I became involved in the movement as a junior in high school in Americus, Georgia. Needless to say, it changed my life forever. Initially, my work in SNCC centered on voter registration and public accomodation. Later on I worked among displaced tenant farmers in Mississippi and eventually became an activist in the anti-war (Viet Nam) movement.
I joined SNCC as a high school student. I worked primarily in voter registration, public accomodation and direct action. Helped to set up freedom schools/literacy classes in Americus and Albany georgia, during which time I was jailed several times. The longest sentence being three months in the city prison.
Later, I moved to Jackson Miss. to attend Tougaloo College under SNCCs' educational assistance program. While on campus, I became part of the anti-Viet Nam war movement. I continued to work as an activist in the Mississippi Delta with impoverished Black sharecroppers. I now reside in Atlanta, Georgia working independently as an art consultant and I also work full time at the High Museum of Art in Atlanta.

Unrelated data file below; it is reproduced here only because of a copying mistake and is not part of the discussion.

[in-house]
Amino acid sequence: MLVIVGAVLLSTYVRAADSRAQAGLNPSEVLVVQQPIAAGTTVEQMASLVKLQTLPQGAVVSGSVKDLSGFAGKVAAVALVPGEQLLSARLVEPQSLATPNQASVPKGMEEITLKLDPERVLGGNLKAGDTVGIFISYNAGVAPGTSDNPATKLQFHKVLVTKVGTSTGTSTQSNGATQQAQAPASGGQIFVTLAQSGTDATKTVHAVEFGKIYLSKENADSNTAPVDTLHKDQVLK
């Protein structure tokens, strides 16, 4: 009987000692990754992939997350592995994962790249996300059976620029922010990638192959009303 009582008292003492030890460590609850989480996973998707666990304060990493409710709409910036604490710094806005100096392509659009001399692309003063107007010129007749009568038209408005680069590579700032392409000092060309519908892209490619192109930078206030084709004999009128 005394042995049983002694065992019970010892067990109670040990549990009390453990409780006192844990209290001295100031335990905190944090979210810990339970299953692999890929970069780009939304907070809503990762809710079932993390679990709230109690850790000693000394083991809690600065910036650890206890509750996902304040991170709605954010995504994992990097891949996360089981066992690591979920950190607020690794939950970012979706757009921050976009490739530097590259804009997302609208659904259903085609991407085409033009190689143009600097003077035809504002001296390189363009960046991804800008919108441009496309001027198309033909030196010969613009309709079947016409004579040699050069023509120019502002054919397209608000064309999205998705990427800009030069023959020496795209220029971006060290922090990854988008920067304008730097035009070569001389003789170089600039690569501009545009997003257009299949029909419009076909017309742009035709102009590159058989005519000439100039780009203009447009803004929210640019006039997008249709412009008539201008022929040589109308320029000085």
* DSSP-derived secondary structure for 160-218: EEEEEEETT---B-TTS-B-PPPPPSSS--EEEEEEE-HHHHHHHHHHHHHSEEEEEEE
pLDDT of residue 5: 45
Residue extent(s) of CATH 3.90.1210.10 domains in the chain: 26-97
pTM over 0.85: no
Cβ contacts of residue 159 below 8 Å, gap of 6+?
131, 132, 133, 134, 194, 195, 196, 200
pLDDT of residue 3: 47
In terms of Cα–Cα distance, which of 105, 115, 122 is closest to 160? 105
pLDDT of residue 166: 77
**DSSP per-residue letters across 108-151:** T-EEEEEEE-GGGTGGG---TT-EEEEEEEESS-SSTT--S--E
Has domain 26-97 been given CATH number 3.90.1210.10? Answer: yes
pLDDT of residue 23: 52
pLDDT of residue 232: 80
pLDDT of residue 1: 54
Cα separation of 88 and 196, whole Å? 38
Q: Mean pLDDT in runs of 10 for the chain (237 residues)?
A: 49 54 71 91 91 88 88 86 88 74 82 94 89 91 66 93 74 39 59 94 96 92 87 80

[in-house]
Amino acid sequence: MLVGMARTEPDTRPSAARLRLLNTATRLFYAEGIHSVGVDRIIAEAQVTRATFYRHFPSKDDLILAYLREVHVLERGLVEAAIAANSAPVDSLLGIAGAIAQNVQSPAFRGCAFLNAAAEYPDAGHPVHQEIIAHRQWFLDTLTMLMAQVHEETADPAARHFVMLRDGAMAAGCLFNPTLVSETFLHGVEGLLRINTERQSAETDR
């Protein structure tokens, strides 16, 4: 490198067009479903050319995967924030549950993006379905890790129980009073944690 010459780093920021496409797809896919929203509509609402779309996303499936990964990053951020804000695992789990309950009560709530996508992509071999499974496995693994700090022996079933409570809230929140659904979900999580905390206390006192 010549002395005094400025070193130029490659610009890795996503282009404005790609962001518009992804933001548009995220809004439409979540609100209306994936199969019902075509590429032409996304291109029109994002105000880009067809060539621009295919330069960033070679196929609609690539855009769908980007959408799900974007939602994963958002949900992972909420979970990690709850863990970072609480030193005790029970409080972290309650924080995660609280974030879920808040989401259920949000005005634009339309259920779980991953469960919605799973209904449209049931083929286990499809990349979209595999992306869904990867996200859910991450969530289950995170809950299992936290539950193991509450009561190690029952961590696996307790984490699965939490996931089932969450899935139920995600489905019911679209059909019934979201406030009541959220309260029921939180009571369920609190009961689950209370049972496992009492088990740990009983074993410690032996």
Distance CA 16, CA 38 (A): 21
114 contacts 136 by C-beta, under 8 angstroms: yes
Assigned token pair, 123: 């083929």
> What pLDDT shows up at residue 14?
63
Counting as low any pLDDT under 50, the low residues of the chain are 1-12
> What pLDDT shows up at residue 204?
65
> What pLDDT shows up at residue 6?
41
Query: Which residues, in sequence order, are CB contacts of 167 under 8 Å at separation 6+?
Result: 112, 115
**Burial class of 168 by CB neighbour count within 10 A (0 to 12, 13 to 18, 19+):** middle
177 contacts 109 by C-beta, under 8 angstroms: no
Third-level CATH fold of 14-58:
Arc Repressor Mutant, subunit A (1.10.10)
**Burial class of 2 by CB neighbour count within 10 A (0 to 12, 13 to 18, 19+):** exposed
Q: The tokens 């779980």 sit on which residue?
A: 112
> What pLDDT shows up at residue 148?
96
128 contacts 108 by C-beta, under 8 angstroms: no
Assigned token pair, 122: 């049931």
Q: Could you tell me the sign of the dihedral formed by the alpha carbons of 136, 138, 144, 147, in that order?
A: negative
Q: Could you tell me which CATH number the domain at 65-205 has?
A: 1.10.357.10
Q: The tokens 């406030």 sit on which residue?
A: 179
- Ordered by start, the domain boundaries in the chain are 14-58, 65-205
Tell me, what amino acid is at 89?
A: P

Thank you for this opportunity to keep in touch with all the strong brothers and sisters who gave so much to the struggle.
Prior to SNCC coming into Americus, I was a High School volunteer canvassing neighborhoods with a local organization called the Sumter County Voters League, led by entrepreneur, Sam Weston, a tailor by trade and a civic leader. When SNCC workers arrived in 1962, I began working with them in voter registration and direct action to desegregate local places of public accommodation. Nine months later, following several arrests, I became a SNCC field worker in Americus and through Southwest Georgia with the Southwest Georgia Project, coordinated by Charles Sherrod.
I now serve as chairman of the Americus-Sumter County Movement Remembered Committee Inc. Founded in 2007 by veterans of the Americus Movement. Our mission has been to collect, preserve and archive all documentation of the Americus-Sumter County Civil Rights Movement which we hope to house in a facility to be called The Americus Civil Rights and Interpretive Center.